Three years into my software engineering career I was loving life. I could fix anything in the codebase with no doubts in my ability. I was confident, too. Most 24 year olds are. When I was offered the opportunity to become a dev team lead I jumped at the chance. With so much confidence, what could go wrong?

The first few months hit me like a freight train. I might have been a good developer, but I wasn’t a good leader - not yet. It was a humbling experience that I continue to grow from to this day. Great leaders understand that learning is a process that evolves over time, but only if you open yourself up.

In the past year as the host of the Dev Interrupted podcast, I have had the pleasure of interviewing and learning from some of the best engineering leaders in the business.

Here are 5 of their most inspiring lessons:

Always be delegating

Brendan Burns, Corporate Vice President at Microsoft

Brendan is widely known as one of the co-founders of Kubernetes. But he is also responsible for managing over 650 engineers at Microsoft. Even though Brendan takes time to schedule as many one on ones as possible - sometimes as many as 14 in one day, and something he views as a priority as more teams become remote - he knows such large teams can only be successfully managed through delegation.

Let go of the instinct to jump into every project. It’s ok if your teams make mistakes. They’re going to learn, but only if you give them the space and agency to grow. Stepping away from micromanaging can feel scary, but it will set your organization up for long term success and your employees will thank you for it.

 

Remote first, not remote friendly

Shweta Saraf, Senior Director of Engineering at Equinix

Shweta had the unique experience of undergoing a fully-remote acquisition during the pandemic.  Her small team was acquired by Equinix, the largest data center company in the world. As if this adjustment wouldn’t have been difficult enough on its own, Equinix wanted Shweta and her team to teach them - an organization with over 30,000 employees worldwide - how to implement remote work best practices.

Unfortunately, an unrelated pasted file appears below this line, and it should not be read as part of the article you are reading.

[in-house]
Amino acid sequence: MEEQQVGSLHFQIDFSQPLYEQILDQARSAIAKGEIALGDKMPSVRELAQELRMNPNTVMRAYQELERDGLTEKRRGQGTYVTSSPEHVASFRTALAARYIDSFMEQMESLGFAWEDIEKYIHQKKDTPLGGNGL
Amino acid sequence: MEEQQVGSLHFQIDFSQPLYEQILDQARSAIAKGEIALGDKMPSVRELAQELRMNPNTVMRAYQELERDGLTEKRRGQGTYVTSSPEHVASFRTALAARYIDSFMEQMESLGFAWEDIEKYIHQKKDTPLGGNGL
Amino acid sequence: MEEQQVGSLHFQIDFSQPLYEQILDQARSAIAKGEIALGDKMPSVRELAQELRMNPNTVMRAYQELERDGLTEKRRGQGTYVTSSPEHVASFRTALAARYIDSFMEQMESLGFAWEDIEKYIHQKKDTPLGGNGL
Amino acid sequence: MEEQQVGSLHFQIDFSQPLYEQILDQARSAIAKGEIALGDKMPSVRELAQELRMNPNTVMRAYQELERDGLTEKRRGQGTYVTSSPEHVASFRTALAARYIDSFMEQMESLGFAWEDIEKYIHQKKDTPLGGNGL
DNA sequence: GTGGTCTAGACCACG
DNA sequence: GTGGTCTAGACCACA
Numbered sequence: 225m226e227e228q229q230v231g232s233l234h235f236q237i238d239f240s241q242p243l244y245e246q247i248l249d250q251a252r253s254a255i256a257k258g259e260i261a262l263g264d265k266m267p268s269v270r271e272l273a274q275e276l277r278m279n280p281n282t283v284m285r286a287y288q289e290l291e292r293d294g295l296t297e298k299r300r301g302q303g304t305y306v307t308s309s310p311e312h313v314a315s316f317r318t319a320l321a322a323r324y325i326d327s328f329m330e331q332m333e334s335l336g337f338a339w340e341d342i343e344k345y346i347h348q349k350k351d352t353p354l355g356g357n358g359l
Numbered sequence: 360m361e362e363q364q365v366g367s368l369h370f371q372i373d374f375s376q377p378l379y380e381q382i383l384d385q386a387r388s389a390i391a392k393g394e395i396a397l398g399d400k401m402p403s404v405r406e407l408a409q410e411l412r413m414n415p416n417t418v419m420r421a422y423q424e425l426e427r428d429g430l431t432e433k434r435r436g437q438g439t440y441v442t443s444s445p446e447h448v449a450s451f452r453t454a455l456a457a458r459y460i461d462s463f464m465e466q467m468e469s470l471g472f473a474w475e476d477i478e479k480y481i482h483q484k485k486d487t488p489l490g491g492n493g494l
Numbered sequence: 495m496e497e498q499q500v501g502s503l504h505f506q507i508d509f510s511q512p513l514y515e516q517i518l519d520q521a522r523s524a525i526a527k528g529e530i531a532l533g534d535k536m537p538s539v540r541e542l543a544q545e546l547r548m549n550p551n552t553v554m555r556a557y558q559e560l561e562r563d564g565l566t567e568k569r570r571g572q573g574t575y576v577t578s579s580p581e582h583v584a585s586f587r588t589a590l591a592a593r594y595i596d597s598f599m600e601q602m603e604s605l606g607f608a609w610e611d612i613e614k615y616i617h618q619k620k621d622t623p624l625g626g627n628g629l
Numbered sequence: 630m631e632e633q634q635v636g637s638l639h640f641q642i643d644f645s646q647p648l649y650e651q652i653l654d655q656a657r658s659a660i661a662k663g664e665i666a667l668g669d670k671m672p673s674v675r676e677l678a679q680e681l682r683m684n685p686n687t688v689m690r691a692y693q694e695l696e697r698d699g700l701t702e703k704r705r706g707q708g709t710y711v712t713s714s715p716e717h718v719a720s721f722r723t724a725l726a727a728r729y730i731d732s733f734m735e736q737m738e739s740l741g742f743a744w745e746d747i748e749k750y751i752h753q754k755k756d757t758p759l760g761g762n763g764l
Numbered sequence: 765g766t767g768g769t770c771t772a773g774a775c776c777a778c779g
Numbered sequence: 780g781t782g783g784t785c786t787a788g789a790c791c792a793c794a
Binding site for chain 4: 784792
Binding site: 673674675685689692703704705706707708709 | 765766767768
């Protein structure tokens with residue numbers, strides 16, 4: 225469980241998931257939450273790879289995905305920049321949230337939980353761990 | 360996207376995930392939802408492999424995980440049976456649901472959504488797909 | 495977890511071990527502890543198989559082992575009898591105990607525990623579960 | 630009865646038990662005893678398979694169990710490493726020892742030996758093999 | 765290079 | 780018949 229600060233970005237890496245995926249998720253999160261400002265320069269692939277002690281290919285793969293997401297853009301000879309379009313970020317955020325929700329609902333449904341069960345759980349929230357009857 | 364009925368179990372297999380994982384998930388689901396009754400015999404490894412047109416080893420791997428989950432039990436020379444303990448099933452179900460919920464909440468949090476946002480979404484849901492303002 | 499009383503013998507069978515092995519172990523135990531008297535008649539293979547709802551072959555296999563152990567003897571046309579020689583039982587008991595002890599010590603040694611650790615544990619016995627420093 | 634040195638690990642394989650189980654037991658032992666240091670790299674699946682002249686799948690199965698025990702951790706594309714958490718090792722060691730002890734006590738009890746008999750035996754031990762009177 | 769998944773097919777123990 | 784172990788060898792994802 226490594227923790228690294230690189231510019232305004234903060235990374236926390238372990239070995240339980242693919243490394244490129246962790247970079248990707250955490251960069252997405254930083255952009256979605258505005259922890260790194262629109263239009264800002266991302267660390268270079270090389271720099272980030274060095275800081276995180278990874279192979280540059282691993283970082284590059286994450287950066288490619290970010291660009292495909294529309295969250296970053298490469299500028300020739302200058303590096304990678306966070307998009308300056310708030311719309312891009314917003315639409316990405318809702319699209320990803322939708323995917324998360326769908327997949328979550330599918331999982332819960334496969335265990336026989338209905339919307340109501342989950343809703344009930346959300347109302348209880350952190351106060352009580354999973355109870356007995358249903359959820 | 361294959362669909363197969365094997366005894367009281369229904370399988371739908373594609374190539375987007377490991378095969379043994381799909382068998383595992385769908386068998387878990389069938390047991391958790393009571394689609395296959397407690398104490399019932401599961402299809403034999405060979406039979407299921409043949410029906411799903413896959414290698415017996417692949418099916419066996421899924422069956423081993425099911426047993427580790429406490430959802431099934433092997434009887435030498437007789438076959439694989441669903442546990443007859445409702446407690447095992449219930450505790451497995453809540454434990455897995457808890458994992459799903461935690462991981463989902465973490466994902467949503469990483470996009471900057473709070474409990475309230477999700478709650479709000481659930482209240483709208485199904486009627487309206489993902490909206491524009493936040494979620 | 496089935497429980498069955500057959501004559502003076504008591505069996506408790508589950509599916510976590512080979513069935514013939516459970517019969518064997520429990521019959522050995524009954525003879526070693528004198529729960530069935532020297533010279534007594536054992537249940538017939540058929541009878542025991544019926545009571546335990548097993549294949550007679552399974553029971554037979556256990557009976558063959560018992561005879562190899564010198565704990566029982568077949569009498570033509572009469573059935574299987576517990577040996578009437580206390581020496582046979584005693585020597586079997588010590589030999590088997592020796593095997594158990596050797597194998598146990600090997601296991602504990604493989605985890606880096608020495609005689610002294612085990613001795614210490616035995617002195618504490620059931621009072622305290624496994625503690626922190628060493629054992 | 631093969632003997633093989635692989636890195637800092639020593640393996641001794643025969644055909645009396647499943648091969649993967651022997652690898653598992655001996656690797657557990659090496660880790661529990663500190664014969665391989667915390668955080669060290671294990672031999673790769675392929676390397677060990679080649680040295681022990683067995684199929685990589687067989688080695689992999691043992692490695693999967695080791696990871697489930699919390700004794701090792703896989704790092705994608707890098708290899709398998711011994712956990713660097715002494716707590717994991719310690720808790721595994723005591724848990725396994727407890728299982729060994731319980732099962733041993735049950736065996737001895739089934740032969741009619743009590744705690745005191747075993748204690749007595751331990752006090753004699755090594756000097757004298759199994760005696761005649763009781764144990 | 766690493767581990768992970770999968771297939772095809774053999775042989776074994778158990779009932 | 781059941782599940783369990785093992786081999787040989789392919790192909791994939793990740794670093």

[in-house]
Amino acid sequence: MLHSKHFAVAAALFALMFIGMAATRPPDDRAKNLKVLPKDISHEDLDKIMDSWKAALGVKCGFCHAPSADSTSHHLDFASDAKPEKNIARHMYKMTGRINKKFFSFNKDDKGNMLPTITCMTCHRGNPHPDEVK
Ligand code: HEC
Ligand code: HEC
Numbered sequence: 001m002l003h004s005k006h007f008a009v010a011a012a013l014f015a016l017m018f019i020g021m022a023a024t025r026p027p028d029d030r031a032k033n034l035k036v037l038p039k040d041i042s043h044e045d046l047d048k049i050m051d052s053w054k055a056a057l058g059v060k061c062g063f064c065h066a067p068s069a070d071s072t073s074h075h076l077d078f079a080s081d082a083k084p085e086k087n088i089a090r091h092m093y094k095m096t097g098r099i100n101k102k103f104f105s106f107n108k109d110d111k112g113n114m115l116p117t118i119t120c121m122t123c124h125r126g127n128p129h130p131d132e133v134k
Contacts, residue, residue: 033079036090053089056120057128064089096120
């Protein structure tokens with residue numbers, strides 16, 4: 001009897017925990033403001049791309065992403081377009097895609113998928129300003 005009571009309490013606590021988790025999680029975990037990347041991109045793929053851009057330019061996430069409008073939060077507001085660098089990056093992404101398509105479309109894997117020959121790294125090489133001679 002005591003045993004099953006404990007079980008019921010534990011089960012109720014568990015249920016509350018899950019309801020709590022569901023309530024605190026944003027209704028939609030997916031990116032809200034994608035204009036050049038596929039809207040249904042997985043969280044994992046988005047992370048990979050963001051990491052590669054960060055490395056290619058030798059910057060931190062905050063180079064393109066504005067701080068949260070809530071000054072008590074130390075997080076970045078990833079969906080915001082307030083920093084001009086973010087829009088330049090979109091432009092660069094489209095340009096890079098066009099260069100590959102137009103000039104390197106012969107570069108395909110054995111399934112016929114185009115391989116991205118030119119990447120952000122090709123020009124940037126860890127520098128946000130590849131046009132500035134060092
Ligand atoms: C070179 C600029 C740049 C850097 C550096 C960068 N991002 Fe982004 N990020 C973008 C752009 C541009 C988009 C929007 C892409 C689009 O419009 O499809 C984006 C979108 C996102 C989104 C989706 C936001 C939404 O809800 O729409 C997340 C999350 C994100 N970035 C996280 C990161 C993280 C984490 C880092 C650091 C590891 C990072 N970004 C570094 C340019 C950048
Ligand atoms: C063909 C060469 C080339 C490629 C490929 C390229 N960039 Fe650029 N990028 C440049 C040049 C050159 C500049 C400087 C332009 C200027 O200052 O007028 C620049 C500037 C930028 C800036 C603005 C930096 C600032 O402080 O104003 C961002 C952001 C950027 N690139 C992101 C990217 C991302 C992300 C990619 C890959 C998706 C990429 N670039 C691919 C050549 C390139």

To be as successful as possible with this transition they chose to embrace remote work completely. There would be no half measures. If they were going to become a remote work company, they would be remote first - not remote friendly.

 

Leadership with empathy

Ben Matthews, Director of Engineering at Stack Overflow

Ben wants leaders everywhere to know that no one has ever done a better job because they were scared, stressed, or worried about their future. Especially not in jobs centered around creativity and problem solving like software development. Providing people with benefits such as mental health days does more for an organization’s productivity than measuring hours worked ever could.

When you take care of people they will work better and faster - that’s also what they want to do. Everyone wants to be successful. Value creation happens when people are provided for, not when they are treated like widgets.

 

Comparison leads to unhappiness

Kathryn Koehler, Director of Productivity Engineering

Kathryn believes that what’s being delivered is ultimately of greater importance than how something is being delivered. Though she is in charge of making sure engineering teams at Netflix run smoothly and efficiently, she takes great care when evaluating a team’s performance. She understands that productivity isn’t simple math.

That’s because every project is different. The customer base is different, the use case is different, personas are different, and where a team is within the software development life cycle is different. Ranking teams against each other shouldn’t be the goal. Success is best measured in context, not in competition.

 

Avoid meetings

Darren Murph, Global Head of Remote at GitLab

Darren tells anyone that will listen there is a quick way to improve your meetings: make them harder to have. He believes people deserve to be able to focus on their work. No one wants to sit on video calls all day. Zoom fatigue is real. Focus should remain on critical day-to-day functions, not on hopping in and out of meetings that leave you feeling exhausted and unproductive.

Leaders should embrace tools like Slack that allow teams to gather consensus asynchronously. Reserving synchronous time for purposeful meetings like making decisions or sharing important status updates.

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Starved for top-level software engineering content? Need some good tips on how to manage your team? This article is inspired by Dev Interrupted - the go-to podcast for engineering leaders.